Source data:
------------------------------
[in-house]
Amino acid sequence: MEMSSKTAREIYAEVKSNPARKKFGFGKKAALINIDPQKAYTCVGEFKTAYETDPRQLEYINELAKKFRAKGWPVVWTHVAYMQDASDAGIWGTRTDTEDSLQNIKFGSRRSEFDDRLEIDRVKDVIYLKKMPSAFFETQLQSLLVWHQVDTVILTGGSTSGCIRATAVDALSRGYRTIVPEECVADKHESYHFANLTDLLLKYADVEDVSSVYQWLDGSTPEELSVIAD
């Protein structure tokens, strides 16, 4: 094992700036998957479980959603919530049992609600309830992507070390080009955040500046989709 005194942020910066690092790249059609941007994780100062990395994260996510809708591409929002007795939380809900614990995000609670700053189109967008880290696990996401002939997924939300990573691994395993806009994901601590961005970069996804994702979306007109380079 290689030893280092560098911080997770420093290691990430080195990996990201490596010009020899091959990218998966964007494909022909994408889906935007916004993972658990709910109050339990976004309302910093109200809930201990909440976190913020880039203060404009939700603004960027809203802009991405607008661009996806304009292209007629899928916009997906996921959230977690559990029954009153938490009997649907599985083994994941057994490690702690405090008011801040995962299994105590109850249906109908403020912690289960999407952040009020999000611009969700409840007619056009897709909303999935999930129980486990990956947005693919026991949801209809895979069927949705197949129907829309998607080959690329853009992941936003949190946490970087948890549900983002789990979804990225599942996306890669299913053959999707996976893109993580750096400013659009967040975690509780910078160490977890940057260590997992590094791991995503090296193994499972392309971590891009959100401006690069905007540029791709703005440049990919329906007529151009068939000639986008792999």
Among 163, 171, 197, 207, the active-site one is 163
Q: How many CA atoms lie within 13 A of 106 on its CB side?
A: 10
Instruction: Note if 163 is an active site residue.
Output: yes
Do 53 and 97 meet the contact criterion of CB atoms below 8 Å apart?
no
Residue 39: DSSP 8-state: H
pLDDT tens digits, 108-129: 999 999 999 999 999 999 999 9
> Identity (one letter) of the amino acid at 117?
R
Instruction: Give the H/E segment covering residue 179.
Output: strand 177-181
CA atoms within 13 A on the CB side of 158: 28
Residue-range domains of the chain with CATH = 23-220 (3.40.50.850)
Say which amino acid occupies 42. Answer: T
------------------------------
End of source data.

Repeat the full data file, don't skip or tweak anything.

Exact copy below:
[in-house]
Amino acid sequence: MEMSSKTAREIYAEVKSNPARKKFGFGKKAALINIDPQKAYTCVGEFKTAYETDPRQLEYINELAKKFRAKGWPVVWTHVAYMQDASDAGIWGTRTDTEDSLQNIKFGSRRSEFDDRLEIDRVKDVIYLKKMPSAFFETQLQSLLVWHQVDTVILTGGSTSGCIRATAVDALSRGYRTIVPEECVADKHESYHFANLTDLLLKYADVEDVSSVYQWLDGSTPEELSVIAD
């Protein structure tokens, strides 16, 4: 094992700036998957479980959603919530049992609600309830992507070390080009955040500046989709 005194942020910066690092790249059609941007994780100062990395994260996510809708591409929002007795939380809900614990995000609670700053189109967008880290696990996401002939997924939300990573691994395993806009994901601590961005970069996804994702979306007109380079 290689030893280092560098911080997770420093290691990430080195990996990201490596010009020899091959990218998966964007494909022909994408889906935007916004993972658990709910109050339990976004309302910093109200809930201990909440976190913020880039203060404009939700603004960027809203802009991405607008661009996806304009292209007629899928916009997906996921959230977690559990029954009153938490009997649907599985083994994941057994490690702690405090008011801040995962299994105590109850249906109908403020912690289960999407952040009020999000611009969700409840007619056009897709909303999935999930129980486990990956947005693919026991949801209809895979069927949705197949129907829309998607080959690329853009992941936003949190946490970087948890549900983002789990979804990225599942996306890669299913053959999707996976893109993580750096400013659009967040975690509780910078160490977890940057260590997992590094791991995503090296193994499972392309971590891009959100401006690069905007540029791709703005440049990919329906007529151009068939000639986008792999």
Among 163, 171, 197, 207, the active-site one is 163
Q: How many CA atoms lie within 13 A of 106 on its CB side?
A: 10
Instruction: Note if 163 is an active site residue.
Output: yes
Do 53 and 97 meet the contact criterion of CB atoms below 8 Å apart?
no
Residue 39: DSSP 8-state: H
pLDDT tens digits, 108-129: 999 999 999 999 999 999 999 9
> Identity (one letter) of the amino acid at 117?
R
Instruction: Give the H/E segment covering residue 179.
Output: strand 177-181
CA atoms within 13 A on the CB side of 158: 28
Residue-range domains of the chain with CATH = 23-220 (3.40.50.850)
Say which amino acid occupies 42. Answer: T